It's a wonderful world, and it's no surprise to see in Agnes Varda's twenty-fifth anniversary documentary that the city of Rochefort embraced the picture as few places do. It's a sheer delight, even for those of us that don't necessarily like musicals unless they are done this well.

Full review at EFC (dead link).

Lady Oscar

* * ¾ (out of four)
Seen 15 December 2014 in the Harvard Film Archive (Once Upon a Song... Jacques Demy, 35mm)

Lady Oscar is quite a peculiar movie artifact - French director Jacques Demy's English-language adaptation of a Japanese comic about a noblewoman who lived as a man and served as a palace guard at Versailles until the French Revolution. It is not a bad film at all, although I must confess - how it got made in this particular form seems to be just as strange as the story it tells.

It begins with a proud general (Mark Kingston) welcoming an eighth daughter into the world and declaring that this one will be raised as a son, therefore giving her the peculiar name of Oscar Françoise de Jarjayes, and directing that the child's nanny (Constance Chapman) take in her orphaned nephew Andre so that they may be raised together. Years later, Oscar (Catriona MacColl) has grown skilled as a soldier and when she is assigned to the Royal Guard, Andre (Barry Stokes) is given a job in the stables. Soon Oscar is the personal guard to Marie Antoinette (Christine Böhm) and struggling with her attraction to her paramour, Hans von Fersen (Jonas Bergström), but also not oblivious to how Andre feels about her, despite their differences in rank.

Though relatively unknown in the United States, Ikeda Riyoko's shojo manga The Rose of Versailles casts a tremendous shadow in Japan; girls who are athletic or otherwise drawn to traditionally-masculine pursuits will still occasionally be called "Lady Oscar", the animated series based upon the comics has been reissued (including its first American release), and there's apparently still a line of cosmetics inspired by the property. In many ways, it typifies what people think of when shojo (girls') manga or anime is mentioned: Grand melodrama, lavish, beautiful detail, elaborate clothes, and an artistic style that emphasizes the characters' delicacy.

And though Demy and company don't fill the screen with sparkles, they do an impressive job of translating this comic style to live-action. Though the picture is not overwhelmingly ornate, it is full of elaborate detail, and if Cartiona MacColl doesn't quite look like this sort of drawing brought to life, she'll certainly do, with her expressive eyes and costumes that are far too beautiful to fool very many - indeed, within the story it seems that the only people who are fooled are the ones who cannot conceive of a woman in this sort of position, while the women in court tend to find Oscar exciting, as a trend of ladies crossdressing begins as they try to experience a different life vicariously.

No, having a European man tap into the shojo style does not turn out to be the issue - instead, Demy and screenwriting collaborator Patricia Louisianna Knop (who would later become better known for her work with husband Zalman King) fall prey to the pitfall that has swallowed so many who adapt manga on film: The source material is so sprawling - twenty-five volumes of roughly 200 pages each - and episodic that a film just doesn't have room to fit the whole over-arching story or all of the popular moments and characters. This one winds up covering thirty-five years, going off on tangents that have good scenes but don't necessarily help give the film a central thrust. There are a couple of potentially great ideas in here - there's a villainess also presenting herself as something she is not who could have been a great foil for Oscar, though their paths barely cross, and Oscar's growing sympathy with what would eventually erupt into the Revolution has plenty of intriguing facets. Ultimately, though, it's hard for the filmmakers to keep focus; the years pass too slowly and no story of Oscar's gets to take center stage in a way that makes her more than an unusual witness to history.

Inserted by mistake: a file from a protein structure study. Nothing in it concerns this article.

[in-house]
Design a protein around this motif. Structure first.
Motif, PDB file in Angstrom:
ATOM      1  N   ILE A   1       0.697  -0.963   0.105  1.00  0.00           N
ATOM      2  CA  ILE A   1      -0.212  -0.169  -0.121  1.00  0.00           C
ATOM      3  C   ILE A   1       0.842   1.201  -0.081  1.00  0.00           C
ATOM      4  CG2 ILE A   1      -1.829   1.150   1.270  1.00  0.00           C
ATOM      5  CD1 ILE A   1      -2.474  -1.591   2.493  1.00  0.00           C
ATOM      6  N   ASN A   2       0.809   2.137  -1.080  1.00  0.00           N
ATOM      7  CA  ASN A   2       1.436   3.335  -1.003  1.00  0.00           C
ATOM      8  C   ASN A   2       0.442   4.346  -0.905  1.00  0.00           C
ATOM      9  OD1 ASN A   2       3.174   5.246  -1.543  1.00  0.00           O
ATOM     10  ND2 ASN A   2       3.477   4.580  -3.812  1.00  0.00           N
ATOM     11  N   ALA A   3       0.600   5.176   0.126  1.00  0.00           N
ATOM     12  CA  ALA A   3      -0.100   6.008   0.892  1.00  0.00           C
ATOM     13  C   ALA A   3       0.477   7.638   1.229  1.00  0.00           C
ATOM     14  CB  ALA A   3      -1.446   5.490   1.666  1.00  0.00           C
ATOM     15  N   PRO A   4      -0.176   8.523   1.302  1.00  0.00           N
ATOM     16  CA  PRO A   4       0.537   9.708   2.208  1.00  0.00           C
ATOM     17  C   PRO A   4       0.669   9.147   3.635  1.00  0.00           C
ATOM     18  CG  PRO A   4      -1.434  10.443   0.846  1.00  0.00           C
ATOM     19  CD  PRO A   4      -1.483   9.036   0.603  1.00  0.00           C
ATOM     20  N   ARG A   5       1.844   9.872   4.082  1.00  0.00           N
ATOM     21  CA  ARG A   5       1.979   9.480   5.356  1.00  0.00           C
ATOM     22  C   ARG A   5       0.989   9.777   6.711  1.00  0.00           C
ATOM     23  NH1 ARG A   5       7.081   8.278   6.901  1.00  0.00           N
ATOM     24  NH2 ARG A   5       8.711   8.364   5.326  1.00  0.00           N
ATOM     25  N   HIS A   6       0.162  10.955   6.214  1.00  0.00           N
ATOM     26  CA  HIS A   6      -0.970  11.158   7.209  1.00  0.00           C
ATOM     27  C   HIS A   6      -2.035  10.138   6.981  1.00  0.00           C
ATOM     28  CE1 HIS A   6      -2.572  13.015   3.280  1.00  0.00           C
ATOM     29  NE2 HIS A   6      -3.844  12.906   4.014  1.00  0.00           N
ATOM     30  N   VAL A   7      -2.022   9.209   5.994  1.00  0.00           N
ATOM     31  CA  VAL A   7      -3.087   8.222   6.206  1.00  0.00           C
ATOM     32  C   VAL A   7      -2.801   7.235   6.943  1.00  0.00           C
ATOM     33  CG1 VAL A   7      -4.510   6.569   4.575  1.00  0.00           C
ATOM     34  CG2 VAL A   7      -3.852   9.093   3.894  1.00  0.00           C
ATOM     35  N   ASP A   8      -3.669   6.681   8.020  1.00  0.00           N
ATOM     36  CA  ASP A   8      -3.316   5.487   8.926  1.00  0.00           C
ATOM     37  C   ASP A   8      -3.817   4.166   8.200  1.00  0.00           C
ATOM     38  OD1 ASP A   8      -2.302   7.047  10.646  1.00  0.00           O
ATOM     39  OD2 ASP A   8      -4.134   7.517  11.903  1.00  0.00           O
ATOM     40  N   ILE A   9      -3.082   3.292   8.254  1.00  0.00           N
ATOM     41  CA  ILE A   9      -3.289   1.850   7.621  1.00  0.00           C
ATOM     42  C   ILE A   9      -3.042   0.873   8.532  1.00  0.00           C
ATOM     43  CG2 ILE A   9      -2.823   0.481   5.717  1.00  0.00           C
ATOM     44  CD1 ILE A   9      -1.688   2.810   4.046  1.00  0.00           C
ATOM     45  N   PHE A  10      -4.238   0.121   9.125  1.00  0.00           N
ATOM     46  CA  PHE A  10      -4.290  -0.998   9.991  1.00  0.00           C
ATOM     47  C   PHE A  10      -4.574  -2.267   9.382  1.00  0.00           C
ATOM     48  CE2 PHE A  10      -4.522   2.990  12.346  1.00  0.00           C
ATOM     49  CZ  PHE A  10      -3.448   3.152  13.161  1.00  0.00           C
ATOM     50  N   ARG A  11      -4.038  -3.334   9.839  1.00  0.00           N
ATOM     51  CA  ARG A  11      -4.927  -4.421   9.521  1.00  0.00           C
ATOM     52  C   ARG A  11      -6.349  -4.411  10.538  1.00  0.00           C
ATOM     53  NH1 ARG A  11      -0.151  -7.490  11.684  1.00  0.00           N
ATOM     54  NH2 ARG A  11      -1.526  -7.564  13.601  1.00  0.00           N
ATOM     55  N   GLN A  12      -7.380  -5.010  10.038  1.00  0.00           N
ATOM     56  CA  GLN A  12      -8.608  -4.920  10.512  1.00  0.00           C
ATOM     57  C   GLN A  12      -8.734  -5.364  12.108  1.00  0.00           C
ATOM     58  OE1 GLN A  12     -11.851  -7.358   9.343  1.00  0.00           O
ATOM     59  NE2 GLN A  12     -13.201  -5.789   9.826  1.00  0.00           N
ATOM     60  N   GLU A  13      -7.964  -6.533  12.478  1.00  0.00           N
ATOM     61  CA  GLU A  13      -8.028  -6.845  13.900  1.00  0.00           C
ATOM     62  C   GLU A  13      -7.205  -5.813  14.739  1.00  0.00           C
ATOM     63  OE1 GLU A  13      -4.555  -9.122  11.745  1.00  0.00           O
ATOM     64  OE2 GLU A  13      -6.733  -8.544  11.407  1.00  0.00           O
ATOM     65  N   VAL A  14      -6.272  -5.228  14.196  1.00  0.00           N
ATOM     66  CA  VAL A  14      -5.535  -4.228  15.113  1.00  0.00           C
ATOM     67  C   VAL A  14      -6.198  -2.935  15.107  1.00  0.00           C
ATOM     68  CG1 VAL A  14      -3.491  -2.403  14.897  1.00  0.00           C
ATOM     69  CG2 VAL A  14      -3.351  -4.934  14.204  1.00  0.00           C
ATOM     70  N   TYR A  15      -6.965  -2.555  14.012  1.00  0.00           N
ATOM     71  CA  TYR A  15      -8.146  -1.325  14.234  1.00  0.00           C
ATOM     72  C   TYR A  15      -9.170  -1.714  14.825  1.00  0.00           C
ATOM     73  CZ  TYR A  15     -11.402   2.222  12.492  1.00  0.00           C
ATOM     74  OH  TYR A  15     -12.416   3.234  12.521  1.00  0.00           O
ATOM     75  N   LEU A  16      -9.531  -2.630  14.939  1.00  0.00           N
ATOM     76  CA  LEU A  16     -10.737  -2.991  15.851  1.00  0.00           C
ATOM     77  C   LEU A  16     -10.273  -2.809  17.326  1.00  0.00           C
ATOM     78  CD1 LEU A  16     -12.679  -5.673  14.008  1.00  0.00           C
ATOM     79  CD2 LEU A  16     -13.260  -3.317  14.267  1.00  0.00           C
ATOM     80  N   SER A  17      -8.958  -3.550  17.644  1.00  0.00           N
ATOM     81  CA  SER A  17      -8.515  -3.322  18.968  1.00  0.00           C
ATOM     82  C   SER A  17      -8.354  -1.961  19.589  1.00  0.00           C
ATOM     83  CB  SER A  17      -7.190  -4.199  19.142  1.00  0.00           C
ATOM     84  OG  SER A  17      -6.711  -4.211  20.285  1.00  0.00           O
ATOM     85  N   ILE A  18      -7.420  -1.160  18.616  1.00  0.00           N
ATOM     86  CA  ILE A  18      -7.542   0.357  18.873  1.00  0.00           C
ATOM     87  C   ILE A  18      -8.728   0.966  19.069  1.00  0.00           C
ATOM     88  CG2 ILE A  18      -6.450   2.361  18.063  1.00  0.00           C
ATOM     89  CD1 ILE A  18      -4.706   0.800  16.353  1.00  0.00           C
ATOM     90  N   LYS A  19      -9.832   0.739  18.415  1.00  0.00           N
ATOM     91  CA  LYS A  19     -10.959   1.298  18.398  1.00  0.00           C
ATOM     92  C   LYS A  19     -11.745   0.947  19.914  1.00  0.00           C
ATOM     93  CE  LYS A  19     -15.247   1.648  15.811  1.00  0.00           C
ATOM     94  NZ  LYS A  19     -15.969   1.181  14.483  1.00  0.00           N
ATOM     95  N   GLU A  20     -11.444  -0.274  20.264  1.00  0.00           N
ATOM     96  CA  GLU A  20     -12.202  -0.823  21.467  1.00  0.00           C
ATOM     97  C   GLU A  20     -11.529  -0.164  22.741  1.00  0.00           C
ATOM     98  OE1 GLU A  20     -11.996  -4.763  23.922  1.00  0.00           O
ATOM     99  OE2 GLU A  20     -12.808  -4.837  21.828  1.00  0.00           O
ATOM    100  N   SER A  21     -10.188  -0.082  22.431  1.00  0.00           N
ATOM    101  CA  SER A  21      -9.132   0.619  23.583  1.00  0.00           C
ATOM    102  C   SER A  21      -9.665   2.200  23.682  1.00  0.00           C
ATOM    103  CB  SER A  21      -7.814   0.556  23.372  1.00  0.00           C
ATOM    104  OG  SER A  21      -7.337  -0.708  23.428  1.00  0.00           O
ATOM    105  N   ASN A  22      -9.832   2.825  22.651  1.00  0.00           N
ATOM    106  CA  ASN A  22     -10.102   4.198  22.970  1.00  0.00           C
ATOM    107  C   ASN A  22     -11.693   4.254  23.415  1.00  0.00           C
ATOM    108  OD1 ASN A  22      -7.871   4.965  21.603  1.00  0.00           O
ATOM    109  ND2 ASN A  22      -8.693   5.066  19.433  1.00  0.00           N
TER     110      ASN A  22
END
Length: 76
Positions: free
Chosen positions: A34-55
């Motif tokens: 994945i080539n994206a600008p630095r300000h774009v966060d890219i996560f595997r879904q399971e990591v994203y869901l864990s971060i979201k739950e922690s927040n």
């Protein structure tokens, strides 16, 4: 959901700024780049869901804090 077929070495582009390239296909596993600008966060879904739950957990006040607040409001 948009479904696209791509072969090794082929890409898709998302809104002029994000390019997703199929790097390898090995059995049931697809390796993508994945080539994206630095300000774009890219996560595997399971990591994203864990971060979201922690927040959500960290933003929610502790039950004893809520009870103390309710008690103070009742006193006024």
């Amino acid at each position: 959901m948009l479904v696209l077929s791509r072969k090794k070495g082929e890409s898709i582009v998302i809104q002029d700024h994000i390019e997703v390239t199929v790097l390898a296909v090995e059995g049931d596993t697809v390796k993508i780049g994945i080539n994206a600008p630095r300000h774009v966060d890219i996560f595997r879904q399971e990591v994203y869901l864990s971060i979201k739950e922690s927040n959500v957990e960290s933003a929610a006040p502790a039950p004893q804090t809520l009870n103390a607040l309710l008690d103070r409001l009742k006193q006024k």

Cartiona MacColl, at least, fills the part nicely. Oscar-the-soldier may sometimes feel a little like she's overcompensating, but it's not a role she plays, either; it does feel like who she was raised to be rather than what she plays at to please her father. It's a physically clever performance - aside from selling the occasional bit of swashbuckling, she always walks more quickly and in a straighter line than the other women, even in a big, airy dress - even if the line readings can be a bit flat. That's not unique to MacColl; the whole cast is a little off from natural in some way, with Barry Stokes's Andre probably the closest and Christine Böhm eventually making Marie more absurd than sly-but-oblivious.

Enough of the property's appeal shines through that you can see why Demy and Knop would be a good team to make Lady Oscar - when it's on, it's a lush, colorful picture with adventure, romance, and just a tiny thrill of kink, filled with characters that let the filmmakers have fun with gender and class roles. Making it in English in the hopes of it becoming an international hit seems to hamper the production, though, as does trying to fit too much story into two hours. At least enough goes right that one is liable to finish the movie liking the things that work, rather than wondering what the people involved were thinking.

Full review at EFC (dead link).